President George W. Bush said Tuesday that a rigorous effort should be made to fully carry out a fragile 2005 peace agreement in Sudan that ended a 21-year civil war between the ethnic African south and the Arab-dominated government in the capital Khartoum.

In a statement marking the third anniversary of the accord on Wednesday, Bush specifically said a nationwide census should be conducted immediately to allow national elections to be held on time next year.

"The work of Sudan's border commission also must be invigorated to redeploy troops away from disputed border areas to reduce the changes of a return to violence," Bush said.

Under the peace agreement, all troops are supposed to withdraw from the border zone to allow it to be patrolled by 10,000 U.N. peacekeepers along with joint units of northern and southern forces. The two sides only began allowing the U.N. to begin patrol in December in the Abeyi area, which contains some of Sudan's richest oil fields and is contested by both sides.

Bush said he had asked his new special envoy for Sudan, Richard Williamson, "to continue the United States' strong involvement on north-south issues to help find solutions to these challenges."

He said Williamson also must advance efforts to end violence in the eastern Darfur region, "Where innocent civilians continue to fall victim to the scourge of government-and rebel-led attacks."

Bush said the United States was firmly committed to the rapid deployment of an effective U.N.-African peacekeeping force coupled with serious political dialogue between the parties to help end the Darfur crisis.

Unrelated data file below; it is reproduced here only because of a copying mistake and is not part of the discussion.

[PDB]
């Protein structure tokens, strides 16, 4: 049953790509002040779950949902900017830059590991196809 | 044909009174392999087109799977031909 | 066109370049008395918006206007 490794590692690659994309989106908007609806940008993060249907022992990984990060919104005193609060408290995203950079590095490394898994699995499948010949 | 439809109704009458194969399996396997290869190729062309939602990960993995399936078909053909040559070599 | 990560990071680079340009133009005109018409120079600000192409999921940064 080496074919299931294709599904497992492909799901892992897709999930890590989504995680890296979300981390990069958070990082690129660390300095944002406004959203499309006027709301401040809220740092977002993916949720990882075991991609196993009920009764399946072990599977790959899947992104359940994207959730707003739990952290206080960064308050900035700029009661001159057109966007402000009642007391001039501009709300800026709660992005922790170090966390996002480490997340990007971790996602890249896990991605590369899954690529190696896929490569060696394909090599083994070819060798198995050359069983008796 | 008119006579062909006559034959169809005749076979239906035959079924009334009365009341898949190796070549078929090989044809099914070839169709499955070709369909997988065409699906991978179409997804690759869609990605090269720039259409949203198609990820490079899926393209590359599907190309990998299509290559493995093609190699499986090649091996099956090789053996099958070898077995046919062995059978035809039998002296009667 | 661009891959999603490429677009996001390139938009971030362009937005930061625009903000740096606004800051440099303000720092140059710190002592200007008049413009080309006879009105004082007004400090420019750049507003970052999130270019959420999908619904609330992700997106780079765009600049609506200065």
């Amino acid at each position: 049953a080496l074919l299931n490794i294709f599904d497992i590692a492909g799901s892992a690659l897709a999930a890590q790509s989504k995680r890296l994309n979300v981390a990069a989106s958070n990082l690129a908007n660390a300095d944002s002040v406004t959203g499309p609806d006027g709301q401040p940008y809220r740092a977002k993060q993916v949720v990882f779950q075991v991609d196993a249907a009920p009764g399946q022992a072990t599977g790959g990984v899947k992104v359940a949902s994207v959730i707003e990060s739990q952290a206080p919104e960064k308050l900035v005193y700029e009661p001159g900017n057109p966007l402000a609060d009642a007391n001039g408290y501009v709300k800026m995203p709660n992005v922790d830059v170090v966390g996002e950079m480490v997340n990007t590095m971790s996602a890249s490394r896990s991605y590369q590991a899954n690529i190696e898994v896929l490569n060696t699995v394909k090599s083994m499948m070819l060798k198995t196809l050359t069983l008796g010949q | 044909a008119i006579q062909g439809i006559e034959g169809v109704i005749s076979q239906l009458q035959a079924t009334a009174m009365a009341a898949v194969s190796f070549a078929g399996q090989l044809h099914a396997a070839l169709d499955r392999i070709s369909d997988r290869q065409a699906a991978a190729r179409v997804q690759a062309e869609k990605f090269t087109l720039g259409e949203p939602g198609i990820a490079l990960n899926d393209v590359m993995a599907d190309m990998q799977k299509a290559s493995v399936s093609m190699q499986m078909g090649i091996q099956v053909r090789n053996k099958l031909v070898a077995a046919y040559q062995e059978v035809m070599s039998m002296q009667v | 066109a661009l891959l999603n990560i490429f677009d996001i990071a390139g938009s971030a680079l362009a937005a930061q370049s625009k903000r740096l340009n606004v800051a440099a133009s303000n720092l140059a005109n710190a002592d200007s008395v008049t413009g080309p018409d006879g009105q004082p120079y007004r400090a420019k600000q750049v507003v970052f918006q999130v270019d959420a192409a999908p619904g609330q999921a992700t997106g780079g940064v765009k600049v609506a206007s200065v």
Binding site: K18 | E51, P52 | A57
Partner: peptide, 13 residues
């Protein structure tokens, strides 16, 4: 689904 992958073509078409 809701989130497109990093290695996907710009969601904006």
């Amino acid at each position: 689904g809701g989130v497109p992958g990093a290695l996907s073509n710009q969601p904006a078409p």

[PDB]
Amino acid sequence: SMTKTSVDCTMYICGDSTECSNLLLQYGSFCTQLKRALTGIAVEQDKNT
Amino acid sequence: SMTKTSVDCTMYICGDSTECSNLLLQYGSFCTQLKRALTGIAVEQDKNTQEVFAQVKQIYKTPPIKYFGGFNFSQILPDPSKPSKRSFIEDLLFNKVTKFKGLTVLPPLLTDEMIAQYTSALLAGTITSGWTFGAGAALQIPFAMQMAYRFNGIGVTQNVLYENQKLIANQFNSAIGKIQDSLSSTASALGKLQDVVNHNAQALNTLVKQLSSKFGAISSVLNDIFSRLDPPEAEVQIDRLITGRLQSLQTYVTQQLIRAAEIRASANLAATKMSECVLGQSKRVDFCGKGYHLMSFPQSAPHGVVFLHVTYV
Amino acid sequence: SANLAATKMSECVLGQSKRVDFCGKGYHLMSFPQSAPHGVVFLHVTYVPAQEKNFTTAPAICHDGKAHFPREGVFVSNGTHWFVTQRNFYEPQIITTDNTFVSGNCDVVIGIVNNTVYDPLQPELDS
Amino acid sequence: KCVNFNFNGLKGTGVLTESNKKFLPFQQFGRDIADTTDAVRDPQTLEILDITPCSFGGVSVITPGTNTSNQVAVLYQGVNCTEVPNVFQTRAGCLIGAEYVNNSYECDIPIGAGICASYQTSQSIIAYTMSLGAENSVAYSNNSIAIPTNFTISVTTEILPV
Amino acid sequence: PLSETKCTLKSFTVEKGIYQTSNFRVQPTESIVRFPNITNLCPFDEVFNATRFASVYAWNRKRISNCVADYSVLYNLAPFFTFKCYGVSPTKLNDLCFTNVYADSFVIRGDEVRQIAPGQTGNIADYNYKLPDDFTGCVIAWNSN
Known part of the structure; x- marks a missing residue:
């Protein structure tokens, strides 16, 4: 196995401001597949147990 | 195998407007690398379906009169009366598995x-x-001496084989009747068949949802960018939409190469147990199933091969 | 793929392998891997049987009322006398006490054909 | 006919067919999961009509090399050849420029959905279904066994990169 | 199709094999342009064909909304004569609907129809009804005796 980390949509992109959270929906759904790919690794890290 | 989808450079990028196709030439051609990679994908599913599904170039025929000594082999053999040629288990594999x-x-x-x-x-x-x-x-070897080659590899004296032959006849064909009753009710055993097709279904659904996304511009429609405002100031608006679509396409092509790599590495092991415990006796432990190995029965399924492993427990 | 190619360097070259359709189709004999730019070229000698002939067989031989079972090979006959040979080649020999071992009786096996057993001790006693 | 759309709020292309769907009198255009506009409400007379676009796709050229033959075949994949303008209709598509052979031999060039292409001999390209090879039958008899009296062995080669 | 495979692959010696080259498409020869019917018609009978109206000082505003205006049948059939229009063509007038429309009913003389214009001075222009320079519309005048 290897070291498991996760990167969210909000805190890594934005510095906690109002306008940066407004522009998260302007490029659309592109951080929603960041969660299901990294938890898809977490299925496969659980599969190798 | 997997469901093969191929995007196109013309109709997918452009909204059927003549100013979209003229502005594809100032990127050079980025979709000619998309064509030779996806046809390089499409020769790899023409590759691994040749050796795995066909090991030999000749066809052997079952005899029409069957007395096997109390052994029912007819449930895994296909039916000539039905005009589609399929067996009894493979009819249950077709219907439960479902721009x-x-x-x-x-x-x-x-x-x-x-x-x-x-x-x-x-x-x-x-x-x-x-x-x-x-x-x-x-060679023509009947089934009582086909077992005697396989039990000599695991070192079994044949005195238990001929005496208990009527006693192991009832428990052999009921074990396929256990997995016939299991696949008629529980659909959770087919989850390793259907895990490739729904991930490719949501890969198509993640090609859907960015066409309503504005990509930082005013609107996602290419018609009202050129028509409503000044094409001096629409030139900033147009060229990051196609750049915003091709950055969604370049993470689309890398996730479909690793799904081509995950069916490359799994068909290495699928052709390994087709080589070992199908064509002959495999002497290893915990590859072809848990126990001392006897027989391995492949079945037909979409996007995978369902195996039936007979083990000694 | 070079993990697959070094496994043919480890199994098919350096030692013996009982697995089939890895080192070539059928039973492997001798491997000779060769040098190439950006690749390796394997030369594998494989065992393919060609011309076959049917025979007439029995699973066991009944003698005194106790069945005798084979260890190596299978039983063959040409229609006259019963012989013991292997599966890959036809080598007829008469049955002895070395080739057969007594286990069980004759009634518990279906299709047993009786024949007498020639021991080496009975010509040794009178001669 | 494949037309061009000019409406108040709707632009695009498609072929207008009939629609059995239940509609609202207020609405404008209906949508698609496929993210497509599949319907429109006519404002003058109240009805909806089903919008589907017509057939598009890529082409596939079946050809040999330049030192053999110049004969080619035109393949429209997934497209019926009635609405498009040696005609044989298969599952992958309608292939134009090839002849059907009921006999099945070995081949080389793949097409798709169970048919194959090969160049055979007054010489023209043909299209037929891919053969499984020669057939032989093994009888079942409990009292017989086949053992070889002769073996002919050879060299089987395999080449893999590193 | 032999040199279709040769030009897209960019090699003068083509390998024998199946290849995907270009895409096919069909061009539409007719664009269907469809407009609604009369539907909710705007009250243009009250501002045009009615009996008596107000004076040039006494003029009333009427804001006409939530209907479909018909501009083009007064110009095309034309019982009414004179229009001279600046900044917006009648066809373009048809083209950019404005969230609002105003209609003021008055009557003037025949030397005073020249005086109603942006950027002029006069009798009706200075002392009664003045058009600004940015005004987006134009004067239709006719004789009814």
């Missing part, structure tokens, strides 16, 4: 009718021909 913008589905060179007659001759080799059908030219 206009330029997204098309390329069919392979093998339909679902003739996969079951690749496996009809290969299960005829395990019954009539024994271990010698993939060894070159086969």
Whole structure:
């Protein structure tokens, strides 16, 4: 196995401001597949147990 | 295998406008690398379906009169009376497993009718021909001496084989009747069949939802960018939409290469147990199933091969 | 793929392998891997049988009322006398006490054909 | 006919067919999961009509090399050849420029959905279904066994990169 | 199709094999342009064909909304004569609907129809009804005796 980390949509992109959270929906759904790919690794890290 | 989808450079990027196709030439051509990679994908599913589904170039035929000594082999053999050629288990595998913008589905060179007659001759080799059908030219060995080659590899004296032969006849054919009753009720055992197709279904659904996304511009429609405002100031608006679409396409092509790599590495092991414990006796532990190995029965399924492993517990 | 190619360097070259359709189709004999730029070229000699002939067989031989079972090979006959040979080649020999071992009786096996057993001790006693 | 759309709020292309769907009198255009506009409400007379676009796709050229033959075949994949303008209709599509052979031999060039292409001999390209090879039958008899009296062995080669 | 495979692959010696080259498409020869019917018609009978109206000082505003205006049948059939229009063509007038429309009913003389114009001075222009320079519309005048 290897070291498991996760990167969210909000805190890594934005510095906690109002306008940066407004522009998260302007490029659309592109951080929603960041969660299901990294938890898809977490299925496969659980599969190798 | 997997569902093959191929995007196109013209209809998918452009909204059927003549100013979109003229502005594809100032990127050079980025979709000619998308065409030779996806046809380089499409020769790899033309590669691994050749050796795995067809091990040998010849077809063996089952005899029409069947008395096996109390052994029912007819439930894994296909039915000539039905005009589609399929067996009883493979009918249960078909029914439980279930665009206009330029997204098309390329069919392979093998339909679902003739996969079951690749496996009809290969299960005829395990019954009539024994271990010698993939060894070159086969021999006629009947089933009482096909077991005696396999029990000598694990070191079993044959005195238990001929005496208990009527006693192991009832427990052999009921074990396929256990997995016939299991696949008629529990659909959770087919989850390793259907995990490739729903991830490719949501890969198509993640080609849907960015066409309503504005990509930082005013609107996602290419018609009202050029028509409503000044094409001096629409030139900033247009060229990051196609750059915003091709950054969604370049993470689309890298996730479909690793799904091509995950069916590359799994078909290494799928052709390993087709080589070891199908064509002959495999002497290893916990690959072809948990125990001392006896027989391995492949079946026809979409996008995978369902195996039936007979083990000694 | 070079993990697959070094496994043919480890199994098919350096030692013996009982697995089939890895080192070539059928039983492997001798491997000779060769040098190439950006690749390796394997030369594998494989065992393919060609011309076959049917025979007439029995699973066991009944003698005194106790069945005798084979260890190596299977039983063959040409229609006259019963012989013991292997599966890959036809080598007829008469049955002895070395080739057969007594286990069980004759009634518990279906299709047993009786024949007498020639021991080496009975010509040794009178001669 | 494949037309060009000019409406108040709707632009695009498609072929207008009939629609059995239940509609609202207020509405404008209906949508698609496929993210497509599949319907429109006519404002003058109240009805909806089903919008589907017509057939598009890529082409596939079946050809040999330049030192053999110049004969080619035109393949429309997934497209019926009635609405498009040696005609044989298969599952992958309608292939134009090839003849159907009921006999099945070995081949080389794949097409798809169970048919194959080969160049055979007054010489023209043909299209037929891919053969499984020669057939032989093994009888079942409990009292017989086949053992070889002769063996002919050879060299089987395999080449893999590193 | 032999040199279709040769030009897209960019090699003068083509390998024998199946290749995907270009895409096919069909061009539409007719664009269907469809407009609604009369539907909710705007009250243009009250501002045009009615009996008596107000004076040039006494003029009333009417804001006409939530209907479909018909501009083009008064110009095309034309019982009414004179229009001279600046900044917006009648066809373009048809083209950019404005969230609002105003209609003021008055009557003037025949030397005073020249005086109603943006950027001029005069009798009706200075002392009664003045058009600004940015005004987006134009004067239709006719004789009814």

In Darfur, ethnic African rebels rose up against the Khartoum government in 2003, sparking a conflict that shows no sign of ending. A new U.N.-African force was launched last week, but many fear it may not be strong enough to stop the violence amid resistance from Sudan"s government.

If the north-south peace should collapse and fighting between the two sides resumes, the resulting chaos would likely intensify the Darfur conflict as well.

The dispute over the Abeyi oil fields has already shaken the peace deal once. Last October, southern Cabinet ministers walked out of the unity government over a number of disputes,including the oil fields, raising fears the peace accord could collapse.

The ministers rejoined the government in late December having settled most of their differences, except the oil fields.

Abeyi lies just north of the boundary line between north and south Sudan set by British colonial rulers in the early 20th century. But the line is disputed, and southerners want the area incorporated into their autonomous zone, created by peace agreement.

The government in Khartoum, unwilling to let go of the lucrative oil fields, has rejected a proposed new boundary recently drawn by an international commission that would put Abeyi in the south.